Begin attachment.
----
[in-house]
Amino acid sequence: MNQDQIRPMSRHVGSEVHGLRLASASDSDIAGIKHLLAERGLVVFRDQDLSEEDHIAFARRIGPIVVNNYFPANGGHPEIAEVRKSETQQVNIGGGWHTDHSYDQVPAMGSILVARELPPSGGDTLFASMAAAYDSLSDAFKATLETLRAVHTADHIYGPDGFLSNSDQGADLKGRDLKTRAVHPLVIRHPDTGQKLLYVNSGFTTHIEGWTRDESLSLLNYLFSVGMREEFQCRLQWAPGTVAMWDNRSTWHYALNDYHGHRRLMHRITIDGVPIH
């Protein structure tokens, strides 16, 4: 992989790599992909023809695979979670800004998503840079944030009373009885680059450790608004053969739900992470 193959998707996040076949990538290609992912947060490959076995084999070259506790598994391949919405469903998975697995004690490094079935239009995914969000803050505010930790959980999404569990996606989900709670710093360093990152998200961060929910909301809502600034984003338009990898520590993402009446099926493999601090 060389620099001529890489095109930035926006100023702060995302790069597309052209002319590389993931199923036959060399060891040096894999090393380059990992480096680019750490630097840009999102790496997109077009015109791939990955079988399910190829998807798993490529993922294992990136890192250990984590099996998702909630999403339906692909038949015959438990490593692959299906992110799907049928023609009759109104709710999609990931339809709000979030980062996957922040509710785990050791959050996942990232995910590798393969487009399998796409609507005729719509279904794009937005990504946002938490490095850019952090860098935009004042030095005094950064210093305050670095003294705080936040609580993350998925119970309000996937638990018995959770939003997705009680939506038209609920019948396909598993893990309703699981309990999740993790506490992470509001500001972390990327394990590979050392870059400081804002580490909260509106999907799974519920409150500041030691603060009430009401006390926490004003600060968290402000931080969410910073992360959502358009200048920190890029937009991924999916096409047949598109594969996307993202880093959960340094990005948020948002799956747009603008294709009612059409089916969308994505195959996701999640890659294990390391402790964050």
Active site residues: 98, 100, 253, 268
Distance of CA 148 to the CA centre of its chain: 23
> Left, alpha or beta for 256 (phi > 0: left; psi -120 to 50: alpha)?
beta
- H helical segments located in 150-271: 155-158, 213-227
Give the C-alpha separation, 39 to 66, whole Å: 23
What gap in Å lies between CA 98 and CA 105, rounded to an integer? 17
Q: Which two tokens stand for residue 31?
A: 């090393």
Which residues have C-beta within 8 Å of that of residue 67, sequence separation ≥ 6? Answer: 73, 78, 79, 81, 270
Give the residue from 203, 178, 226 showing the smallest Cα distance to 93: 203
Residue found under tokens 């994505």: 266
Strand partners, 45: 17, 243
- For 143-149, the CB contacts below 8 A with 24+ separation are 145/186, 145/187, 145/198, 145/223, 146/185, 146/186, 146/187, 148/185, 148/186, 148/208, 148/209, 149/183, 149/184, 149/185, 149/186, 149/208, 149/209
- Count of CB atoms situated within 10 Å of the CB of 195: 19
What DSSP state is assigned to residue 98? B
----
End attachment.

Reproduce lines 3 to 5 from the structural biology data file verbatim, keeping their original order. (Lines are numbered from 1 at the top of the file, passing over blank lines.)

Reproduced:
């Protein structure tokens, strides 16, 4: 992989790599992909023809695979979670800004998503840079944030009373009885680059450790608004053969739900992470 193959998707996040076949990538290609992912947060490959076995084999070259506790598994391949919405469903998975697995004690490094079935239009995914969000803050505010930790959980999404569990996606989900709670710093360093990152998200961060929910909301809502600034984003338009990898520590993402009446099926493999601090 060389620099001529890489095109930035926006100023702060995302790069597309052209002319590389993931199923036959060399060891040096894999090393380059990992480096680019750490630097840009999102790496997109077009015109791939990955079988399910190829998807798993490529993922294992990136890192250990984590099996998702909630999403339906692909038949015959438990490593692959299906992110799907049928023609009759109104709710999609990931339809709000979030980062996957922040509710785990050791959050996942990232995910590798393969487009399998796409609507005729719509279904794009937005990504946002938490490095850019952090860098935009004042030095005094950064210093305050670095003294705080936040609580993350998925119970309000996937638990018995959770939003997705009680939506038209609920019948396909598993893990309703699981309990999740993790506490992470509001500001972390990327394990590979050392870059400081804002580490909260509106999907799974519920409150500041030691603060009430009401006390926490004003600060968290402000931080969410910073992360959502358009200048920190890029937009991924999916096409047949598109594969996307993202880093959960340094990005948020948002799956747009603008294709009612059409089916969308994505195959996701999640890659294990390391402790964050």
Active site residues: 98, 100, 253, 268
Distance of CA 148 to the CA centre of its chain: 23